White Paper unlikely to pay political dividends for BJP in 2024 elections
People already delivered their verdict on UPA's poor economic performance in 2014, but it will act as a reminder at the most; it's the Modi govt’s performance that will be in focus
It has become a norm for many new governments to criticize previous regimes immediately after coming to power. But it’s as simple as this. People voted out a party because it did not perform well and meet the expectations of the electorate. Therefore, it is a sheer waste of time for the ruling regime and leaders to excessively focus on criticising a political party, which was in power before it. Instead, the ruling party should grab the opportunity with both hands and focus on in what way it could do better than its predecessor
As announced in her recent Budget speech, Finance Minister Nirmala Sitharaman tabled the Modi government’s White Paper on the Indian economy in the Parliament last week. With this, the Modi government compared its performance in the last two terms (2014-2024) with that of the Congress-led United Progressive Alliance (UPA) government in the preceding two terms (2004 to 2014). This year’s Budget session of the Parliament was earlier scheduled to end on February 9, but it was extended by a day to pave the way for a discussion on the White Paper. It’s a rare thing to extend a parliamentary session. It’s still rarer to hold its session on a Saturday. The Modi government has done both unusual things this time. That showed the importance it has accorded to the White Paper.
As expected, the White Paper reeled off the failures of the UPA government at the Centre. It also painted a rosy picture about the last 10 years. According to the document, the economy was in utter chaos, the banking sector was in crisis, corruption was prevalent, inflation was high and policy paralysis was haunting the country when the NDA assumed office in 2014. It also listed out the scams during the UPA regime which, according to it, bore ‘a family’ first stamp all over.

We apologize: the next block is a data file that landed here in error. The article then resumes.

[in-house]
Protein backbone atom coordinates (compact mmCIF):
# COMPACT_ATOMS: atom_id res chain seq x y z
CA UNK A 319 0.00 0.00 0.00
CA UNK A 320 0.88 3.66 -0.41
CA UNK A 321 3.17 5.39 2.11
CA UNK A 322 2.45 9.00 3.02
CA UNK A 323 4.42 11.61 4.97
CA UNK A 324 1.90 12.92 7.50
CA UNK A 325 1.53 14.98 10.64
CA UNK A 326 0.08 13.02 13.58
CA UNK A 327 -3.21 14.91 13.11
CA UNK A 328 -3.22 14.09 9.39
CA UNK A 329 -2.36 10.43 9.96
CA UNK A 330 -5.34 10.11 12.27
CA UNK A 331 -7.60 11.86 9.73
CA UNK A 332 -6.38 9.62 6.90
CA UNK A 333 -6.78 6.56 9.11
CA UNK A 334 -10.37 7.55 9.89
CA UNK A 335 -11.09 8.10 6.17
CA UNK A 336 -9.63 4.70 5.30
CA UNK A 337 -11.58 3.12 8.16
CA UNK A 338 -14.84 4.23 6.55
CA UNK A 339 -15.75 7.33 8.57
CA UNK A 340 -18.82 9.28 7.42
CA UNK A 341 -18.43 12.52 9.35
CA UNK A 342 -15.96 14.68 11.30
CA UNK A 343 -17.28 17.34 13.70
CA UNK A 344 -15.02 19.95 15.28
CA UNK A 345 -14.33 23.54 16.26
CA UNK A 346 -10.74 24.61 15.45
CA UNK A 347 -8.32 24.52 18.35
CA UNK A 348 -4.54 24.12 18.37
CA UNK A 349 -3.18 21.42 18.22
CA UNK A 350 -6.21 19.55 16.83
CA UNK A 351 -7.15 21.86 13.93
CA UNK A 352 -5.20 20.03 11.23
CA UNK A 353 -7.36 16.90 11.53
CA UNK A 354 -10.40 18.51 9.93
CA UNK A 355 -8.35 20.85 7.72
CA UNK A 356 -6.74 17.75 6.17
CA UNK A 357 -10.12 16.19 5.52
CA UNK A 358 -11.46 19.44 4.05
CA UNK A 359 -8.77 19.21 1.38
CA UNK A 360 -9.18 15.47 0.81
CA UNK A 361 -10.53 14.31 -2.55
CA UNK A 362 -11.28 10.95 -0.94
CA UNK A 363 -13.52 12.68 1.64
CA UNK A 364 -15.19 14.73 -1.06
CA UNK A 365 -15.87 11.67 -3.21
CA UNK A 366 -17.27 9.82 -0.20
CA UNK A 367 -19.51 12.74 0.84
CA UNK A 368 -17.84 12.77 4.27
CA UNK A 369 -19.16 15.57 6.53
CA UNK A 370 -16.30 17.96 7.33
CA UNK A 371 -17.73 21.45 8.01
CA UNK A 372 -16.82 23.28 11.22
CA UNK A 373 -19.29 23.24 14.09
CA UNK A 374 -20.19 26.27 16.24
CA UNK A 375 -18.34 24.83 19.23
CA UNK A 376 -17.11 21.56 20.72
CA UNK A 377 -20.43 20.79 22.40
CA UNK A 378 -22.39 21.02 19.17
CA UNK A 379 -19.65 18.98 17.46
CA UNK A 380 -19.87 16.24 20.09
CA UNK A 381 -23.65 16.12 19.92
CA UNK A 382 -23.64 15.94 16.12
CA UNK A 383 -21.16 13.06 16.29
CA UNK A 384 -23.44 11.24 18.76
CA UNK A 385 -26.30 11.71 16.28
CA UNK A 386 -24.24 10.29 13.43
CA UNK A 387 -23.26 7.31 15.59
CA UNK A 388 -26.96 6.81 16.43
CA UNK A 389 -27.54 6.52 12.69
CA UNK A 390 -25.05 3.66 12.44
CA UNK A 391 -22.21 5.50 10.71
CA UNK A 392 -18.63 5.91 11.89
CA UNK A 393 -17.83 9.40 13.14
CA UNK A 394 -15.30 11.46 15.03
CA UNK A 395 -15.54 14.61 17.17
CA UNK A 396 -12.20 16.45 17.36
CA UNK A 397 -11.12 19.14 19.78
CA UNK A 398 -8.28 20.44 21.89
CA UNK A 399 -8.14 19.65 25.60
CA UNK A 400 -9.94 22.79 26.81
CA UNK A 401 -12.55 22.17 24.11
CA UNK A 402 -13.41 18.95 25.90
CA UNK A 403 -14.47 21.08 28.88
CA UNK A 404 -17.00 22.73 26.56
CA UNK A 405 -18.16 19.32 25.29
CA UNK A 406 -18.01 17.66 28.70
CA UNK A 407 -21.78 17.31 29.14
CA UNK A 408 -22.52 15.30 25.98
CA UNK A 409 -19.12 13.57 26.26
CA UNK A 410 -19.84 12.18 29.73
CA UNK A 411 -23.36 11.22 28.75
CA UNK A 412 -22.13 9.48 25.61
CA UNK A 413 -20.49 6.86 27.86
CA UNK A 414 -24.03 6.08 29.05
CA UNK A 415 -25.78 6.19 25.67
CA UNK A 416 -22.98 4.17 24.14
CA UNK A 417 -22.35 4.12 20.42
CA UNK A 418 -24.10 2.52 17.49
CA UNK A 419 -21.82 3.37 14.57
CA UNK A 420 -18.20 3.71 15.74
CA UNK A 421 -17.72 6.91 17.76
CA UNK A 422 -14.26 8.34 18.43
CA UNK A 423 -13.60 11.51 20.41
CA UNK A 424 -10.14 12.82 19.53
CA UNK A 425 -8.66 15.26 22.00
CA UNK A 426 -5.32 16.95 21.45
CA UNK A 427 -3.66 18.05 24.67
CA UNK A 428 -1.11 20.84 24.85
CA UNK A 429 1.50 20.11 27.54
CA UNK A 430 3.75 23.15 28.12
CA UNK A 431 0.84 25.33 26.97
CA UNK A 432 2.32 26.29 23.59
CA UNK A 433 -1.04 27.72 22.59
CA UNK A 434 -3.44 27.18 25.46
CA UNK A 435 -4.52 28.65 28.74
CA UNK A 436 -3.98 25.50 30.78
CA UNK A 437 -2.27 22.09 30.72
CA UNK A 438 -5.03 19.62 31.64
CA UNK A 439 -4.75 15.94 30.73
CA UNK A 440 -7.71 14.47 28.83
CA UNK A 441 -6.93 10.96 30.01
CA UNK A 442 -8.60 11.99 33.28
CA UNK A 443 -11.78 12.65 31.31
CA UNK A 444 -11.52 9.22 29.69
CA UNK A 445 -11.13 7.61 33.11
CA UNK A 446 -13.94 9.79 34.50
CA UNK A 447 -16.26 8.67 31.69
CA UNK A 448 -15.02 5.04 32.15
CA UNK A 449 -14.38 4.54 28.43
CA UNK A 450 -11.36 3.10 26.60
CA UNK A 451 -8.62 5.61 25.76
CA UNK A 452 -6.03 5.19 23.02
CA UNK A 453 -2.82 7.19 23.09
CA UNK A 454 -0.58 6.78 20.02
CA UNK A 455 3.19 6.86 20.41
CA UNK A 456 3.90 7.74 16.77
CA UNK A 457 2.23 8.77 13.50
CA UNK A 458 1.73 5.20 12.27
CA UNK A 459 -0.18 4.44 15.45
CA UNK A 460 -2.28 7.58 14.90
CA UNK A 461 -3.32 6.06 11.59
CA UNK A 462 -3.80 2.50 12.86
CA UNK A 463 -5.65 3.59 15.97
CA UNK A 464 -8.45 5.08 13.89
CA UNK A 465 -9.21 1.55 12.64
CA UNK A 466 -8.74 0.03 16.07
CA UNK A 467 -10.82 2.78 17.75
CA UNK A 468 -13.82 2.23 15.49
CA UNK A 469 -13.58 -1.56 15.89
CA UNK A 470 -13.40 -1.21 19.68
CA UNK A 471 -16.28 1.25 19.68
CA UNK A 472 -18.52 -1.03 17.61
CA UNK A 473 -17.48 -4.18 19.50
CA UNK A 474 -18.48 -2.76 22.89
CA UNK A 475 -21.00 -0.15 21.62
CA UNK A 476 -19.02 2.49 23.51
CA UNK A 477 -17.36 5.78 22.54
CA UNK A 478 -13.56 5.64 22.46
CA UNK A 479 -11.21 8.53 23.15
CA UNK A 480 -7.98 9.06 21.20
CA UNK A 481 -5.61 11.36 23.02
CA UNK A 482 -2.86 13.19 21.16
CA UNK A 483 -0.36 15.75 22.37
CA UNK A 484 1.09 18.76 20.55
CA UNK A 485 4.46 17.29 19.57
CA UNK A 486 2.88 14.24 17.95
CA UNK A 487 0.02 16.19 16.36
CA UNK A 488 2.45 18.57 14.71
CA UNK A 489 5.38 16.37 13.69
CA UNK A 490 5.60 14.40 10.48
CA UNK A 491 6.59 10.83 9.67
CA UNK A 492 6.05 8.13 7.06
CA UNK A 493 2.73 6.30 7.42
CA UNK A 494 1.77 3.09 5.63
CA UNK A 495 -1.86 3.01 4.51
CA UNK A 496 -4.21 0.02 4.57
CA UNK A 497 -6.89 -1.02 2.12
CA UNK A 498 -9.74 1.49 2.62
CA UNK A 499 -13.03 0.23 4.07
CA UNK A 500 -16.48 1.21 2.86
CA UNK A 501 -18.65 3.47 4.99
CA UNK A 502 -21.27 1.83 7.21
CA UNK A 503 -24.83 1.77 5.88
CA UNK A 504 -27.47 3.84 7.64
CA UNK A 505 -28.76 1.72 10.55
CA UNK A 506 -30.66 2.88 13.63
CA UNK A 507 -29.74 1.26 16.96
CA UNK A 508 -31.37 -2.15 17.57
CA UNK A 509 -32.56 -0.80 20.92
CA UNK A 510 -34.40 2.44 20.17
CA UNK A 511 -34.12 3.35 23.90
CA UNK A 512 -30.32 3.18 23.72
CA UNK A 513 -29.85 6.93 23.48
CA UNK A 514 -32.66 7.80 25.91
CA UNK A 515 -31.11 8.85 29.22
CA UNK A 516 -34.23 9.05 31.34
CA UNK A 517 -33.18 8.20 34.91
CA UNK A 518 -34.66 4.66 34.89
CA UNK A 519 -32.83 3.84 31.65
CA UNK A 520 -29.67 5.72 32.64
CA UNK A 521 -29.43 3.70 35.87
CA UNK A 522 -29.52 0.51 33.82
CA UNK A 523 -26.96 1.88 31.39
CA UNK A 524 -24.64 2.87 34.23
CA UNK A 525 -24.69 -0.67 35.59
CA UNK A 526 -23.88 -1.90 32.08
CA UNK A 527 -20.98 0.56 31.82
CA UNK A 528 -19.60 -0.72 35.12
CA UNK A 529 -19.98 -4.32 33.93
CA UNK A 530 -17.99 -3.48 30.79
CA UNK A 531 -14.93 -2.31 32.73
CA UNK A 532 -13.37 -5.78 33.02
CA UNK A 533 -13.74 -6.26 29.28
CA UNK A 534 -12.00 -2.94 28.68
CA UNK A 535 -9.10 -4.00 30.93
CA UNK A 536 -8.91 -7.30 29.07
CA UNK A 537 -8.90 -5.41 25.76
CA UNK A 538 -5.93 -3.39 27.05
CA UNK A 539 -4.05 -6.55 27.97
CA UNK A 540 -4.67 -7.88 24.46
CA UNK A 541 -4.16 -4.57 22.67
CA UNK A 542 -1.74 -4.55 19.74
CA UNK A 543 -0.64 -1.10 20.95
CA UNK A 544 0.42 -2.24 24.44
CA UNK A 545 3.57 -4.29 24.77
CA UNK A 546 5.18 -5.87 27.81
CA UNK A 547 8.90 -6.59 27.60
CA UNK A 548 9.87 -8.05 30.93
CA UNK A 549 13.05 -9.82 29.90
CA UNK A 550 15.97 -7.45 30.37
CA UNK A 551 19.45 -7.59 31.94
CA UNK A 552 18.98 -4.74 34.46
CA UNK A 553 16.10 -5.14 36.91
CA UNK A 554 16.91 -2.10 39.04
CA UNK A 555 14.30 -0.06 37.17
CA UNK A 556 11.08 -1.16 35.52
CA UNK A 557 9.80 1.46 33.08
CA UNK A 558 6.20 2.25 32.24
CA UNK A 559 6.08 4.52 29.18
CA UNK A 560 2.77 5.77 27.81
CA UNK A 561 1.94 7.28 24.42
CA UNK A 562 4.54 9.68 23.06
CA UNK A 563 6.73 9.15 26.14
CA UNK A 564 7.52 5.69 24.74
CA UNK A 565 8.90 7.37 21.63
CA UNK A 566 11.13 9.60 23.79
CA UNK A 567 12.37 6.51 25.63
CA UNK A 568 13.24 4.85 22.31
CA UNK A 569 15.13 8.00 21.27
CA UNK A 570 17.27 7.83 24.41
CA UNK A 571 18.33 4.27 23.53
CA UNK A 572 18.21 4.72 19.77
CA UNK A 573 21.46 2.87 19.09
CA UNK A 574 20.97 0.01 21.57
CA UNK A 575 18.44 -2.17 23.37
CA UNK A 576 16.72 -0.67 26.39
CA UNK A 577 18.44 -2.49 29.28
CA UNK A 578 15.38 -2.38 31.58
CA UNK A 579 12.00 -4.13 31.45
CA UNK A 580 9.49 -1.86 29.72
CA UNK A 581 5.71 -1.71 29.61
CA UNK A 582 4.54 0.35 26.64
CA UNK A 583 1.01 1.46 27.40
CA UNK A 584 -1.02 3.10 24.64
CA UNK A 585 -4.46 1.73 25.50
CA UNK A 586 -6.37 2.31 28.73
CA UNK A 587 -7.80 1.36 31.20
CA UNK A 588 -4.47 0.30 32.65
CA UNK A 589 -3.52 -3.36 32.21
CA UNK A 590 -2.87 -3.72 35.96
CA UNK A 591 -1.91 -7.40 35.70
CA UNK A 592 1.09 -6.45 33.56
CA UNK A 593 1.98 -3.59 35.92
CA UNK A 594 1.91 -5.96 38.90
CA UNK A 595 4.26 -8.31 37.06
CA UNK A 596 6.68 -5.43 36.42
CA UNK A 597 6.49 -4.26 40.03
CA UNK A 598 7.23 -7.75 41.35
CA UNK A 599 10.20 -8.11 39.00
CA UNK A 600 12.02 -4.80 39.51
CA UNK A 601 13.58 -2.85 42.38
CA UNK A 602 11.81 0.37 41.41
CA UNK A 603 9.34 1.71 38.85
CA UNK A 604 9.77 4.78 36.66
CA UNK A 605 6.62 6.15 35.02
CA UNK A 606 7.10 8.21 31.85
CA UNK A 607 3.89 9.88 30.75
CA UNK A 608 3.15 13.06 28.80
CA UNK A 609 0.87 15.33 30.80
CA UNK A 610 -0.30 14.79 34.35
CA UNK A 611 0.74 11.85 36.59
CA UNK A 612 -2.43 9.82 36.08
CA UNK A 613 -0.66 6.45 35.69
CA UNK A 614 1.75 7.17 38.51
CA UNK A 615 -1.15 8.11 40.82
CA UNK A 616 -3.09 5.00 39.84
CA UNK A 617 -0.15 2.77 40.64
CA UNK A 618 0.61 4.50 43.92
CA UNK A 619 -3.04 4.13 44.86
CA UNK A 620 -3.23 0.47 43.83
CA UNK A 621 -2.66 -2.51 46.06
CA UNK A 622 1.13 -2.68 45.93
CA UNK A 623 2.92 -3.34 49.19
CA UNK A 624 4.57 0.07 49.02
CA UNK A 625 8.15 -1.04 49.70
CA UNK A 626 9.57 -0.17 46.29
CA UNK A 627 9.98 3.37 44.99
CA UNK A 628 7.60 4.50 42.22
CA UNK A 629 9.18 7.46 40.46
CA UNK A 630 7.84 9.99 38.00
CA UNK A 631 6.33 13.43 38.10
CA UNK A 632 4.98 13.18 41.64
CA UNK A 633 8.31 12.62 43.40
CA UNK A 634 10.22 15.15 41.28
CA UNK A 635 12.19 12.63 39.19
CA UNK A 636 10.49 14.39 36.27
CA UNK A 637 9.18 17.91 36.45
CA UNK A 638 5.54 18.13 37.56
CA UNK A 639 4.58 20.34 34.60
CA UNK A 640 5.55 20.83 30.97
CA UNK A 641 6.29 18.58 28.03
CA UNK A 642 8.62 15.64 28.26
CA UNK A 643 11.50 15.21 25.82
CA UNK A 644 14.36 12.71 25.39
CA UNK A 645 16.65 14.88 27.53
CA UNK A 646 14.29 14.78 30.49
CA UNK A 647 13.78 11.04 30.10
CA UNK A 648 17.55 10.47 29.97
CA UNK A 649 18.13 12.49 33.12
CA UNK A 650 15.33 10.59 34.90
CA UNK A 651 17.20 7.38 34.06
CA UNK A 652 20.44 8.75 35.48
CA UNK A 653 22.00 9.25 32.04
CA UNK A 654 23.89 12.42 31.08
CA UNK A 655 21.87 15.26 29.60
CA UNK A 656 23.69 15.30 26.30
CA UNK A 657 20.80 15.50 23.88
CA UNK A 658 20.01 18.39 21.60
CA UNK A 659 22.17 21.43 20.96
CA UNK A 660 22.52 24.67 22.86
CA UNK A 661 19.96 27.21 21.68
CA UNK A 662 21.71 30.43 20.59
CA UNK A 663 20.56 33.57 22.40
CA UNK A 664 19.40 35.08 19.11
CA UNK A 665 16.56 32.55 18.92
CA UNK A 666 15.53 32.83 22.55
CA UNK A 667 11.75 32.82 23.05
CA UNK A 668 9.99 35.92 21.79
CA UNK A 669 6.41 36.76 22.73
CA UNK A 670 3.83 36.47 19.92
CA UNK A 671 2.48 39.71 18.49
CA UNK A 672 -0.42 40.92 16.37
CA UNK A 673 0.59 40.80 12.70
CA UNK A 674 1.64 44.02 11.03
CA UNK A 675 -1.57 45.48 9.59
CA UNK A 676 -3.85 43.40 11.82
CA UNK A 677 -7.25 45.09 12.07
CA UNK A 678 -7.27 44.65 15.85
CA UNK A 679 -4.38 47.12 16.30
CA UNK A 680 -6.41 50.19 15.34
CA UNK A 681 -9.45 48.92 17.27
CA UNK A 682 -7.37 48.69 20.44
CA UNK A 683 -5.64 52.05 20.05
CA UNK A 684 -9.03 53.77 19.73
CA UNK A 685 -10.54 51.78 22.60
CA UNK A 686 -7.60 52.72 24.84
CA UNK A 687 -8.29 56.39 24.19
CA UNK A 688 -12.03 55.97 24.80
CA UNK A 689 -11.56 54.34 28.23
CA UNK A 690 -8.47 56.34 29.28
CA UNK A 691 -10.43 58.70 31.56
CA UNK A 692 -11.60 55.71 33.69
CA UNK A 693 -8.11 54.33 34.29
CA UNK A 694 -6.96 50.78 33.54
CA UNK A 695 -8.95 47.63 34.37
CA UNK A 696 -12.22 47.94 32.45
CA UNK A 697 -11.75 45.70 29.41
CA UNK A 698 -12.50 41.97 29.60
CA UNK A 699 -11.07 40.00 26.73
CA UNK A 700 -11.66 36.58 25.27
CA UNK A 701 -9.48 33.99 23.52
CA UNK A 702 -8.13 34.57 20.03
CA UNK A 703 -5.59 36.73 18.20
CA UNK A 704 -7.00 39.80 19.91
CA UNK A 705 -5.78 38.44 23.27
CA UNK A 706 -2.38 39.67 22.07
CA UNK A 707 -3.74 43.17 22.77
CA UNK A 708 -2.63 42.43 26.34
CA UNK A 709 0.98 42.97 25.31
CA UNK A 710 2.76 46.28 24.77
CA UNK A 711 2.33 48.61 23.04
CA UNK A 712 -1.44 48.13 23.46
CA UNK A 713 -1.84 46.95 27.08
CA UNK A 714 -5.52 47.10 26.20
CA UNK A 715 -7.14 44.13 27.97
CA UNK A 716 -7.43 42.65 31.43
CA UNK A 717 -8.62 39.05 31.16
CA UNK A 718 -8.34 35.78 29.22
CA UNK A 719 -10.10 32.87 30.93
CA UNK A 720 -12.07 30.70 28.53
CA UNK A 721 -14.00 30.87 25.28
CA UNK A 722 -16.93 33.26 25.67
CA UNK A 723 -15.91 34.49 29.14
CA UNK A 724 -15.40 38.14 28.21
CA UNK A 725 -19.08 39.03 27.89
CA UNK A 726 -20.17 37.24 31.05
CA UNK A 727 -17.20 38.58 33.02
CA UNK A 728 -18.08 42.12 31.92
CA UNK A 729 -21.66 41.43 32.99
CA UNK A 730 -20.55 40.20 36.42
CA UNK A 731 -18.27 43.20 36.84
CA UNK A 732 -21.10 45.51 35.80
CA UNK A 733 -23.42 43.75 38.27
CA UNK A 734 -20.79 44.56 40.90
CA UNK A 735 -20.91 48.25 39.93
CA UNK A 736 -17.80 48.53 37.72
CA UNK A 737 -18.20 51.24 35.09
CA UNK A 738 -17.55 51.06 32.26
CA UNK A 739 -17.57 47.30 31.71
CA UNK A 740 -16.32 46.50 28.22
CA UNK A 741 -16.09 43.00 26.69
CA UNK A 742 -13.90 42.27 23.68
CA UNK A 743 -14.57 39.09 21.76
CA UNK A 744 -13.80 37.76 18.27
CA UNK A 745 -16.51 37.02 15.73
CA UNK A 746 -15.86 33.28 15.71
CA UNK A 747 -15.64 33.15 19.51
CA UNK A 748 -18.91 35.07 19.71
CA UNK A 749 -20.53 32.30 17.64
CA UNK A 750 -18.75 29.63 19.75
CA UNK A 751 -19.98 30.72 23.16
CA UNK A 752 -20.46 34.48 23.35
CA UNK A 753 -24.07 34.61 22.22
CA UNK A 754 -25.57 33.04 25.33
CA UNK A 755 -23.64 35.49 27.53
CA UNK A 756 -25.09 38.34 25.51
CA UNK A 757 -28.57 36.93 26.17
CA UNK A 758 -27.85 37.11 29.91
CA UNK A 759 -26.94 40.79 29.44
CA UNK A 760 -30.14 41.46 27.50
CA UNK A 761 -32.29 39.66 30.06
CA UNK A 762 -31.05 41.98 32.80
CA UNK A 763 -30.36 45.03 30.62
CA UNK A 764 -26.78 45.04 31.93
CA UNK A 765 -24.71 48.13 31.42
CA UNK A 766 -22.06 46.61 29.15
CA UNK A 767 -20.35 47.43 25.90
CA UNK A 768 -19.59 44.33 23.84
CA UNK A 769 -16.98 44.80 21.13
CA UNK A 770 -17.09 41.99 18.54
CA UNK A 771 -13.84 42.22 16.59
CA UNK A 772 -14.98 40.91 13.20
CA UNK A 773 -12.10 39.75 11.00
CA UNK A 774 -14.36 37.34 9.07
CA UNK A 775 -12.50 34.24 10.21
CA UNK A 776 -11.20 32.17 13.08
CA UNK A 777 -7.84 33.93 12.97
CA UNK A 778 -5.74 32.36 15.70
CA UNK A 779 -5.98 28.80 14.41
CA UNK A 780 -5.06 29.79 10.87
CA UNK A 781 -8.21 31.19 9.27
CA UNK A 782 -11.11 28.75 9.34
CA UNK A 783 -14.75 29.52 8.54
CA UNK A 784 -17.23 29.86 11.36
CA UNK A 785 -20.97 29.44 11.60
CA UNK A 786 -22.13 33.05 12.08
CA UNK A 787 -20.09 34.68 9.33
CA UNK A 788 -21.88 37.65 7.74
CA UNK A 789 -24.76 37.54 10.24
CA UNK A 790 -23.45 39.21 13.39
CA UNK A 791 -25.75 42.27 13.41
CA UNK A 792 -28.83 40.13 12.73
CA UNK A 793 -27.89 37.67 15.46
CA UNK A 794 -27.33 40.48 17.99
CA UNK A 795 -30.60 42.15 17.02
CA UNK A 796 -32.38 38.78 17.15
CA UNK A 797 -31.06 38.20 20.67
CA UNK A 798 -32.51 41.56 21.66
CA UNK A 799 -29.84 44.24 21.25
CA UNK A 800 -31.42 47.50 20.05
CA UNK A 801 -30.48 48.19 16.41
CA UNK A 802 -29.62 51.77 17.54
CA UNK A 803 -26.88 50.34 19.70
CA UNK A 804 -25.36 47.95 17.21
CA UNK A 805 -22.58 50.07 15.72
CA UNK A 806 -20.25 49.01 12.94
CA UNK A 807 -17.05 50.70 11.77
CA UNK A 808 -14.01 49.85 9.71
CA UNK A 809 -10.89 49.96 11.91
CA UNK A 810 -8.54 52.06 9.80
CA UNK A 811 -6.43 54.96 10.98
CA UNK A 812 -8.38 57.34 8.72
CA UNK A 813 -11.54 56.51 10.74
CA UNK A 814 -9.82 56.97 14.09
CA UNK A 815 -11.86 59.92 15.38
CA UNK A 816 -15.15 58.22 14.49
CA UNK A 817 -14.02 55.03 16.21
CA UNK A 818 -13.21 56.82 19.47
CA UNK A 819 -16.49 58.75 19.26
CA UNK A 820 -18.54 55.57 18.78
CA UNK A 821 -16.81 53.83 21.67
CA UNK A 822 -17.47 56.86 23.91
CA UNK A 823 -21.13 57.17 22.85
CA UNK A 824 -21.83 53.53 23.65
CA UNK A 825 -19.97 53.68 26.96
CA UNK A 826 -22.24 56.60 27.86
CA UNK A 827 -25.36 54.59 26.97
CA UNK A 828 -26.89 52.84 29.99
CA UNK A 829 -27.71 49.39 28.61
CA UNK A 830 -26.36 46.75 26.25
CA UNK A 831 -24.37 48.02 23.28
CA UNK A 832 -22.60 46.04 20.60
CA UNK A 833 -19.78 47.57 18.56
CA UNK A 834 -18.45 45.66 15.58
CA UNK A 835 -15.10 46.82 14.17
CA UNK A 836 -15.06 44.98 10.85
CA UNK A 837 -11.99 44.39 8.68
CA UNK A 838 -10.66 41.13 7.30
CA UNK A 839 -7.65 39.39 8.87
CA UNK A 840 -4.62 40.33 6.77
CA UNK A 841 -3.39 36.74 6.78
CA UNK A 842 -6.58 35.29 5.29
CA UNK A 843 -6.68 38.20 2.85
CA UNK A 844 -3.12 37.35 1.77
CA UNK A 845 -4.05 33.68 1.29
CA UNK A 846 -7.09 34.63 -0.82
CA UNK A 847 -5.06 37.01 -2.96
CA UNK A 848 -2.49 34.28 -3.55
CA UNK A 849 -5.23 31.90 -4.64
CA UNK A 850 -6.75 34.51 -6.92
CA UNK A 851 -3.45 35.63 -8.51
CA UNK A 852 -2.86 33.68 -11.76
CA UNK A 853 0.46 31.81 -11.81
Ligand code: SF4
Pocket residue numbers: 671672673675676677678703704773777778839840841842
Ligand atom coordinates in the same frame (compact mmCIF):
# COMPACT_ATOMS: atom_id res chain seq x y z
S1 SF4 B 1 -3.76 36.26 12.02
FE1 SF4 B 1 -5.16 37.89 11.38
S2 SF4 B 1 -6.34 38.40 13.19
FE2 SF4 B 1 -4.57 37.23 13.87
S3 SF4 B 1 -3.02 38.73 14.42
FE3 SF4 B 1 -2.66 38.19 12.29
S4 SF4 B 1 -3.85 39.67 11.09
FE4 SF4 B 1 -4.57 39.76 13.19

The Finance Minister said that the Prime Minister had adopted a nation-first approach, stabilised the economy and took corrective steps to fuel economic growth. As a result, India, which was among fragile five economies during the UPA regime, became a part of top five economies, she said, adding that India would soon be one among the top three economies. She also claimed that the Union Government has successfully tamed inflation.
But why did the Modi government do this exercise now? The Finance Minister, while initiating discussion on the subject in Lok Sabha, said that BJP intentionally did not come out with a White Paper on the economy when it stormed to power in 2014 as such an exercise at that time would have taken a big toll on the image of the country globally, driving away investors.
Of course, that’s the right approach, but in reality, even now there is no need for a White Paper to nail the UPA government that ran the country from 2004 to 2014. People have already delivered their verdict on that government and Congress saw its Lok Sabha tally slipping to a historic low of 44 MPs. It was for the first time in Indian political history that the Congress’ score was in double digits. A bigger embarrassment for the party was that it did not even get the requisite numbers to get Opposition status. It suffered a similar defeat in 2019 also, though it could improve its tally marginally to 52.
Moreover, voters in 2024 will deliver a verdict on how the Modi government has done in the last 10 years. They don’t take into consideration what the UPA did in the preceding decade. Therefore, this exercise is unlikely to pay BJP any political dividends in the upcoming elections. At the most, it will act as a reminder to the people before they cast their vote.